Commission IV on ‘Judicial Organization’, coordinated the work of Technical Committee 1 (International Court of Justice) and Technical Committee 2 (Legal Problems).
UNCIO ‘Verbatim Minutes of the Second Plenary Session’ in UNCIO Documents of the United Nations Conference on International Organization vol 1 General (United Nations Information Organizations New York 1945), pp. 169–180.
UNCIO ‘Verbatim Minutes of the Second Plenary Session’ in UNCIO Documents of the United Nations Conference on International Organization vol 1 General (United Nations Information Organizations New York 1945), pp. 181-185.
UNCIO ‘Verbatim Minutes of the Second Plenary Session’ in UNCIO Documents of the United Nations Conference on International Organization vol 1 General (United Nations Information Organizations New York 1945), pp. 189-191.
UNCIO ‘Verbatim Minutes of the Second Plenary Session’ in UNCIO Documents of the United Nations Conference on International Organization vol 1 General (United Nations Information Organizations New York 1945), pp. 230-232.
UNCIO ‘Verbatim Minutes of the Seventh Plenary Session’ in UNCIO Documents of the United Nations Conference on International Organization vol 1 General (United Nations Information Organizations New York 1945), pp. 502-503.
UNCIO ‘Verbatim Minutes of the Sixth Plenary Session’ in UNCIO Documents of the United Nations Conference on International Organization vol 1 General (United Nations Information Organizations New York 1945), p. 445.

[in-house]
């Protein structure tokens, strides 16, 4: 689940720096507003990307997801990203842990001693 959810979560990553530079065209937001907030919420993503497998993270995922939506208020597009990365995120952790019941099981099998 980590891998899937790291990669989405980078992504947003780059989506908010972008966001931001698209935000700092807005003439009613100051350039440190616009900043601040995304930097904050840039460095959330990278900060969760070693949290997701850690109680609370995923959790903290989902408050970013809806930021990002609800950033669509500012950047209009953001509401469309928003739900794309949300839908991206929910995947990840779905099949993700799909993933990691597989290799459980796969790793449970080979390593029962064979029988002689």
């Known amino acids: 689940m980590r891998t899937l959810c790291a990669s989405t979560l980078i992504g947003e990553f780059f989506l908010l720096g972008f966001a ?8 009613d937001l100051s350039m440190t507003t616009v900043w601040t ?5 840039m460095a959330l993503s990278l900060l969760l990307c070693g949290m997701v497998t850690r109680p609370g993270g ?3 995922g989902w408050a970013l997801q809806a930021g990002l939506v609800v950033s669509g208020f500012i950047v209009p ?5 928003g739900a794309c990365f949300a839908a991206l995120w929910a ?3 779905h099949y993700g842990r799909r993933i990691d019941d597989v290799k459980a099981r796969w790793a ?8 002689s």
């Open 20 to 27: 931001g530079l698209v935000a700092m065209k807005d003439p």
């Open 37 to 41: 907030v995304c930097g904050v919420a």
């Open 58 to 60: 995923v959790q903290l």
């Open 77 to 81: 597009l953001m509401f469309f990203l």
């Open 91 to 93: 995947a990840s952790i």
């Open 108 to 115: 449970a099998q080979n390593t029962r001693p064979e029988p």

UNCIO ‘Provisional text of the report of M. Paul-Boncour, Rapporteur, on Chapter VIII, Section B’
Committee III/3 in UNCIO Documents of the United Nations Conference on International Organization vol 12 Commission III, Security Council (United Nations Information Organizations New York 1945), pp. 477-478.
UNGA ‘Verbatim record of the First Plenary Meeting’ (10 January 1946) UN Doc. A/PV.1, p. 38.
UNSC Res 1 (1946) ‘Military Staff Committee” (25 January 1946).
UNSC Res 1 (1946) ‘Military Staff Committee’ (25 January 1946).
UNSC ‘Directive to the Military Staff Committee to examine the provisions of Article 43 of the Charter’ (16 February 1946) UN Doc. S/PV.23, p. 369.
UNSC ‘Letter from the Chairman of the Military Staff Committee to the Secretary-General dated 30 April 1947 and enclosed report on the General Principles governing the Organization of the Armed Forces made available to the Security Council by Member Nations of the United Nations’ (30 April 1947) UN Doc. S/336.
UNSC ‘Repertoire of the Practice of the Security Council’ 1946 – 1951 ‘Chapter IX Decisions in the Exercise of Other Functions and Powers’ UN Doc. ST/PSCA/1, pages 366-367: ‘Decision of 16 June 1948 (141st meeting): Request to Military Staff Committee to continue work.
By letter dated 30 April 1947, the Chairman of the Military Staff Committee submitted its report on the general principles governing the organization of the armed forces to be made available to the Council by Member Nations.
The report was discussed at the 138th, 139th, 140th and 141st meetings from 4 to 16 June 1947.